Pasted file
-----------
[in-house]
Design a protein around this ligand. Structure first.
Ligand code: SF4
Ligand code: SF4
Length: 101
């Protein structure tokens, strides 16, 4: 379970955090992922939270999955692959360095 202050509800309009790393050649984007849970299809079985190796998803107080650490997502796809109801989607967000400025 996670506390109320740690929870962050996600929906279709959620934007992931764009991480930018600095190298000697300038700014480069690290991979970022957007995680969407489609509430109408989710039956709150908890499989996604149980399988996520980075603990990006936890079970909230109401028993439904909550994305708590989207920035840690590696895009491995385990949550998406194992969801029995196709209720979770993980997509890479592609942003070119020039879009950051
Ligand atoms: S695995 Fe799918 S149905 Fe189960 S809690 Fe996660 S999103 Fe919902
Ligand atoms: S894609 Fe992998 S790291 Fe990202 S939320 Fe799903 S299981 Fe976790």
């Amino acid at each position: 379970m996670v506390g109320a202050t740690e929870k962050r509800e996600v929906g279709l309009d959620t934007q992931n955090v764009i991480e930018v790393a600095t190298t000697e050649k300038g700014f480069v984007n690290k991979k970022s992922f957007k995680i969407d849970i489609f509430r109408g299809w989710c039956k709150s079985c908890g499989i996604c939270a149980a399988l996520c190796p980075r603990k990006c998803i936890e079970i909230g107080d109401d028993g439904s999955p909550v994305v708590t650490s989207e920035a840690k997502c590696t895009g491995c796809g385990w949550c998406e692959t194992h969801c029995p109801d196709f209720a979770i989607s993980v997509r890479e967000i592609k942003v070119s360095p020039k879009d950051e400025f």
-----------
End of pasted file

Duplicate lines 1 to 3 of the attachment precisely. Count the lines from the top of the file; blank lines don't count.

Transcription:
[in-house]
Design a protein around this ligand. Structure first.
Ligand code: SF4